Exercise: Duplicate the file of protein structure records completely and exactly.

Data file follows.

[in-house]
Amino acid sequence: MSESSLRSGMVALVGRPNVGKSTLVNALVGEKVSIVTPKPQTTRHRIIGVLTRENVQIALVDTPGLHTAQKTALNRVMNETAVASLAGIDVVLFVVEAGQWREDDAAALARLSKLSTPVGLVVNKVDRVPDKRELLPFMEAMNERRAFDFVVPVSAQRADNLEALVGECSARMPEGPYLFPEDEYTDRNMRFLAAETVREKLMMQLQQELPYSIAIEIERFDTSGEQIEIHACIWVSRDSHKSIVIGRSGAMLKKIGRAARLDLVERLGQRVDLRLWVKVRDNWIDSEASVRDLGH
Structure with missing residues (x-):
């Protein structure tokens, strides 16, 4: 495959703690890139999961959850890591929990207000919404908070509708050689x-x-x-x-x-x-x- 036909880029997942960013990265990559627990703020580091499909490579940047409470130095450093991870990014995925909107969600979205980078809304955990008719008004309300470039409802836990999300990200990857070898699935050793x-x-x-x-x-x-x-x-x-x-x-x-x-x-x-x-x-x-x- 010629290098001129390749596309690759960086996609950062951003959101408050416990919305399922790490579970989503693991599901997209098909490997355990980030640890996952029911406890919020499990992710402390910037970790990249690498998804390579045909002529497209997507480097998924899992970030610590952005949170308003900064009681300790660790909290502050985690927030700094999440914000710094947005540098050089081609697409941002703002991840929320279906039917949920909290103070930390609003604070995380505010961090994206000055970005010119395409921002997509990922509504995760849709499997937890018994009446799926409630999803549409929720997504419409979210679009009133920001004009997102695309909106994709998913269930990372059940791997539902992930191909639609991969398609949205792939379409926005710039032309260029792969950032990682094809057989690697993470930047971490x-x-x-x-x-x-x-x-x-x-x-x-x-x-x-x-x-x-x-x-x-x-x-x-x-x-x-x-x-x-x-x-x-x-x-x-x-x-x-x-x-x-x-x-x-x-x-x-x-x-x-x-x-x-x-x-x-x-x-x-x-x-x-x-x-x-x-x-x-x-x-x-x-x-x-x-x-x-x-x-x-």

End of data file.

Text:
[in-house]
Amino acid sequence: MSESSLRSGMVALVGRPNVGKSTLVNALVGEKVSIVTPKPQTTRHRIIGVLTRENVQIALVDTPGLHTAQKTALNRVMNETAVASLAGIDVVLFVVEAGQWREDDAAALARLSKLSTPVGLVVNKVDRVPDKRELLPFMEAMNERRAFDFVVPVSAQRADNLEALVGECSARMPEGPYLFPEDEYTDRNMRFLAAETVREKLMMQLQQELPYSIAIEIERFDTSGEQIEIHACIWVSRDSHKSIVIGRSGAMLKKIGRAARLDLVERLGQRVDLRLWVKVRDNWIDSEASVRDLGH
Structure with missing residues (x-):
């Protein structure tokens, strides 16, 4: 495959703690890139999961959850890591929990207000919404908070509708050689x-x-x-x-x-x-x- 036909880029997942960013990265990559627990703020580091499909490579940047409470130095450093991870990014995925909107969600979205980078809304955990008719008004309300470039409802836990999300990200990857070898699935050793x-x-x-x-x-x-x-x-x-x-x-x-x-x-x-x-x-x-x- 010629290098001129390749596309690759960086996609950062951003959101408050416990919305399922790490579970989503693991599901997209098909490997355990980030640890996952029911406890919020499990992710402390910037970790990249690498998804390579045909002529497209997507480097998924899992970030610590952005949170308003900064009681300790660790909290502050985690927030700094999440914000710094947005540098050089081609697409941002703002991840929320279906039917949920909290103070930390609003604070995380505010961090994206000055970005010119395409921002997509990922509504995760849709499997937890018994009446799926409630999803549409929720997504419409979210679009009133920001004009997102695309909106994709998913269930990372059940791997539902992930191909639609991969398609949205792939379409926005710039032309260029792969950032990682094809057989690697993470930047971490x-x-x-x-x-x-x-x-x-x-x-x-x-x-x-x-x-x-x-x-x-x-x-x-x-x-x-x-x-x-x-x-x-x-x-x-x-x-x-x-x-x-x-x-x-x-x-x-x-x-x-x-x-x-x-x-x-x-x-x-x-x-x-x-x-x-x-x-x-x-x-x-x-x-x-x-x-x-x-x-x-």